CARMEN on Tour

Just given a talk at Riken about metadata. People seemed very positive, there is clearly a desire to do this and to get more data types out there. I got the question about requiring too much metadata to understand an experiment; most of the rest were people saying "have you thought about using…?". The one that I hadn’t thought about is provide metadata for gold standard, generated (non-experimental) data. My initial response is to say that we should be storing the service for producing the data, rather than the data, although there are purposes for standard generated data — enabling deterministic behaviour of tools over "random" data. Originally published on my old blog site.

Japan

So, this is my second time in Japan. It’s slightly less confusing than the first; so far, we have been banging against one cliche after the other. It took us a little over an hour to get to the hotel from the airport; we got there at 11, to be told that the rooms would be available at 4pm. Exactly 4pm. So, we went into Tokyo and had lunch sitting on the floor — not good after a flight, I thought my knees were going to seize up. It was good, though, even managed to get something that was mostly veggie. We got back to the hotel at 3:40pm; we were directed to seats till 4pm, where upon the receptionist was prepared to give us the room keys which had been in the pidgeon holes behind her for the last 4 hours. The hotel is basic but okay. The toilet has, disappointingly, only thre…

Film of the Flight

Watched Enchanted, some of Beowulf and almost all of Juno. Enchanted — a reverse fairy-tale, like a live action Shrek. Not bad, actually, kept me going for a while. Beowulf — blood, guts and some serious beef swilling. Definately aimed at the adult market, containing at least one mastubration gag. Would probably have watched it, but the it was a bit dark and I couldn’t hear the dialogue over the plane noise, so I stopped half way through. Juno — a comedy about a teenage pregnancy. This was by far the best of the bunch. Quirky, funny, and beautifully acted. The whole thing is done without sentimentality (just like Enchanted, er…), but the characters were still wonderfully endearing. I spent too much of the film trying to identify two of the actors (from the …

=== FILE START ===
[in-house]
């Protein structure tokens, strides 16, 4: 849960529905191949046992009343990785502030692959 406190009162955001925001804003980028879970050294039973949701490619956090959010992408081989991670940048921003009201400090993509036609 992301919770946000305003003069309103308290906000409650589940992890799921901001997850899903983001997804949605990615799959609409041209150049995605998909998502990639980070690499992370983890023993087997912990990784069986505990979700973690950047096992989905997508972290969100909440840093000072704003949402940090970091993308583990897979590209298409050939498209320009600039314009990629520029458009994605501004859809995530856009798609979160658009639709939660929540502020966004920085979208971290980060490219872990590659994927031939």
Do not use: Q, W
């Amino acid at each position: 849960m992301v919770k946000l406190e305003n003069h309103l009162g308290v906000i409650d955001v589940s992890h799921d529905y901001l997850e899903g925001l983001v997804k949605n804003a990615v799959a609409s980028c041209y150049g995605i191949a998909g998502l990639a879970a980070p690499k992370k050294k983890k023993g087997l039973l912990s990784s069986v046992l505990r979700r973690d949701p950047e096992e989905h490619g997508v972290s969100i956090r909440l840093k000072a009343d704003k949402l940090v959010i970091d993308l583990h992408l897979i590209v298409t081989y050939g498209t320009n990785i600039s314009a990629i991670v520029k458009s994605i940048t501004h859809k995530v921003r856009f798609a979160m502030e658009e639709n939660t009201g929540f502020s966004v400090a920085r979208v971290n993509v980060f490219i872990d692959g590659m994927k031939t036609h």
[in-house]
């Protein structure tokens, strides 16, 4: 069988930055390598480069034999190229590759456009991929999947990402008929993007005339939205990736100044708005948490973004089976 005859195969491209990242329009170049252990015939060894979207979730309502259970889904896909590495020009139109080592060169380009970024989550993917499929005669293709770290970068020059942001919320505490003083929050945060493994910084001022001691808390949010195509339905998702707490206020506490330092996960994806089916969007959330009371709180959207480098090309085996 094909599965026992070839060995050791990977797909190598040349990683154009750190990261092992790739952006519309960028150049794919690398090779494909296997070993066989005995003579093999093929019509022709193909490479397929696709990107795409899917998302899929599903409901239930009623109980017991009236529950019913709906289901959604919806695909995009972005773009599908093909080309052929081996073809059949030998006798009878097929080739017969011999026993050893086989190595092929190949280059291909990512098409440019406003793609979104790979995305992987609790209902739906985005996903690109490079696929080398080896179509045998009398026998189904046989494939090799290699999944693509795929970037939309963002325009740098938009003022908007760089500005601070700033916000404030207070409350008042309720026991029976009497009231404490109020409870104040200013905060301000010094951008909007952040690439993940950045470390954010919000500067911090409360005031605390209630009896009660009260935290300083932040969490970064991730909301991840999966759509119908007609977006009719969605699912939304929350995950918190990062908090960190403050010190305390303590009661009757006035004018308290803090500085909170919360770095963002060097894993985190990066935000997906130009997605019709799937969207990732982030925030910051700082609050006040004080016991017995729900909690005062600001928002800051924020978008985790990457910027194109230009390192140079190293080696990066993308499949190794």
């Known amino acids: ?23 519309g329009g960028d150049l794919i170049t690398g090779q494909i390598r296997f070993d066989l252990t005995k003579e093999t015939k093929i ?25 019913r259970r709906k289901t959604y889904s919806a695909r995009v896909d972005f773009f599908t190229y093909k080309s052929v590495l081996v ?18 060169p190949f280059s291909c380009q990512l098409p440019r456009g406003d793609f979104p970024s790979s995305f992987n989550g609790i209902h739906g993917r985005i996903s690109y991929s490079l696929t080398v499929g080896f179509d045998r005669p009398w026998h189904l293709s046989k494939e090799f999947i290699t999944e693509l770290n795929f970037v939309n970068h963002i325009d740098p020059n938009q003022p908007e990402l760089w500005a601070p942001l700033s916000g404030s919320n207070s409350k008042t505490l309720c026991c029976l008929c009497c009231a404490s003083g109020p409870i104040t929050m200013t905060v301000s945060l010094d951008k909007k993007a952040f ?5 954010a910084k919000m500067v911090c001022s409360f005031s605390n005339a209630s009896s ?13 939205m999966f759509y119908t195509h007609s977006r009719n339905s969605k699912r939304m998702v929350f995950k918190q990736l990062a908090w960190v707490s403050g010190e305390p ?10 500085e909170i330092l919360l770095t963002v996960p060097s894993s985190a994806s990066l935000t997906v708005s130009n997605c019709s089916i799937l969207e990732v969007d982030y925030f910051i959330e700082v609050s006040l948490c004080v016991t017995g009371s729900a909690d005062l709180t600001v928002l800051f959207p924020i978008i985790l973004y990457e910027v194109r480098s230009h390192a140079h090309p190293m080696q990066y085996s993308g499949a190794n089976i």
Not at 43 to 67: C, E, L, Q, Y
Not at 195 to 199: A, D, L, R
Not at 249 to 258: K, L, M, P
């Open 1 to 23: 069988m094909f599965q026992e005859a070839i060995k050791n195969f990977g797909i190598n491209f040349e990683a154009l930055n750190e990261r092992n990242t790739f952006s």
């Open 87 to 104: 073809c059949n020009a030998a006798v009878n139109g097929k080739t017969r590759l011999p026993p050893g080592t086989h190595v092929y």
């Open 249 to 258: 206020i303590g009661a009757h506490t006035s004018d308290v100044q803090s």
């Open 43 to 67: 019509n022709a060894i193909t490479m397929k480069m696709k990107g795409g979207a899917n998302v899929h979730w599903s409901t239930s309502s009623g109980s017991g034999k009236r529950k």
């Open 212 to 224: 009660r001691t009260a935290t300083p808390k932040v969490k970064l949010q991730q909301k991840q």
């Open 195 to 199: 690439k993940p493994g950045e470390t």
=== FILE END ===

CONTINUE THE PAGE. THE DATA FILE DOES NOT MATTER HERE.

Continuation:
Google hits

Well, depressing though it has been, I’m pleased to say that I managed to get the forth hit on google, when searching with "Adrian Wolfson", alongside all the poor tabloid journalism. In the end, I turned out to write quite a lot about his death. As well as the blog piece, I wrote some short words—I think that the plan is to put these into a book of remembrance. Depressingly, I am not going to be able to get to the funeral, as I am in Japan (actually I am over China now, on the way). I would have enjoyed meeting my friends again; truth be told, the chances that I will see most of them again are now very small. Ade was my main point of contact. I don’t think my remembrance is particularly good. I think the blog is far better, but I stick it up here anyway. Per…

Static

Not been to the Northern Stage, at least not for a show. I used to get food there sometimes, but it’s expensive and the portions have got smaller. Went to see Static last night. Strange thing — it was a cross between a music commercial, a mystery story and a tragedy. It’s mostly about a woman coming to terms with the death of her husband. The side-plot is that he is deaf and the story of how he looses his hearing. It was pretty good actually. I was dubious at the beginning; they used a lot of short sentances to the audience to set the scene which I found rather disjointed. But the story started to run after that. The "innovative staging" failed to detract from the story, the music was quite fun and the twist at the end worked pretty well. Worth going to see. …